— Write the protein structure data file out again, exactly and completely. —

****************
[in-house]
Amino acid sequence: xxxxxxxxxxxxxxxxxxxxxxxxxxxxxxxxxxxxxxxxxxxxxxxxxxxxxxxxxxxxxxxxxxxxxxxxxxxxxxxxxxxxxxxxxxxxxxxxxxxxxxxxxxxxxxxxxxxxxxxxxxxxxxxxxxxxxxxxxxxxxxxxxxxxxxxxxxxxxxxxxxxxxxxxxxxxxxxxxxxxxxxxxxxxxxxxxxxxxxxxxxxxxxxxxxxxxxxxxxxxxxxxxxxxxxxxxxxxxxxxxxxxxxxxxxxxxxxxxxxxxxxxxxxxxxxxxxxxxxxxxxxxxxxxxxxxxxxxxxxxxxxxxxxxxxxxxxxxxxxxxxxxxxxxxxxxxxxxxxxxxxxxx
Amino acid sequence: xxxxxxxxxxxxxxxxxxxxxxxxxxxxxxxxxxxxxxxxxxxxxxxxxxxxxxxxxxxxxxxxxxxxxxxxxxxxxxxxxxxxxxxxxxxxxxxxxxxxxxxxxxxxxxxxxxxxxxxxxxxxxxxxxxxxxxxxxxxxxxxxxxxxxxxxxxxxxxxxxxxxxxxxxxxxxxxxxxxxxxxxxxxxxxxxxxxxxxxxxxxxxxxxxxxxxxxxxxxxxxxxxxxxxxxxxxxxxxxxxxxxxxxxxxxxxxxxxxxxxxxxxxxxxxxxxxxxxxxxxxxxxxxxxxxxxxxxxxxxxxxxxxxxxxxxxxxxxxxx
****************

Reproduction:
[in-house]
Amino acid sequence: xxxxxxxxxxxxxxxxxxxxxxxxxxxxxxxxxxxxxxxxxxxxxxxxxxxxxxxxxxxxxxxxxxxxxxxxxxxxxxxxxxxxxxxxxxxxxxxxxxxxxxxxxxxxxxxxxxxxxxxxxxxxxxxxxxxxxxxxxxxxxxxxxxxxxxxxxxxxxxxxxxxxxxxxxxxxxxxxxxxxxxxxxxxxxxxxxxxxxxxxxxxxxxxxxxxxxxxxxxxxxxxxxxxxxxxxxxxxxxxxxxxxxxxxxxxxxxxxxxxxxxxxxxxxxxxxxxxxxxxxxxxxxxxxxxxxxxxxxxxxxxxxxxxxxxxxxxxxxxxxxxxxxxxxxxxxxxxxxxxxxxxxx
Amino acid sequence: xxxxxxxxxxxxxxxxxxxxxxxxxxxxxxxxxxxxxxxxxxxxxxxxxxxxxxxxxxxxxxxxxxxxxxxxxxxxxxxxxxxxxxxxxxxxxxxxxxxxxxxxxxxxxxxxxxxxxxxxxxxxxxxxxxxxxxxxxxxxxxxxxxxxxxxxxxxxxxxxxxxxxxxxxxxxxxxxxxxxxxxxxxxxxxxxxxxxxxxxxxxxxxxxxxxxxxxxxxxxxxxxxxxxxxxxxxxxxxxxxxxxxxxxxxxxxxxxxxxxxxxxxxxxxxxxxxxxxxxxxxxxxxxxxxxxxxxxxxxxxxxxxxxxxxxxxxxxxxxx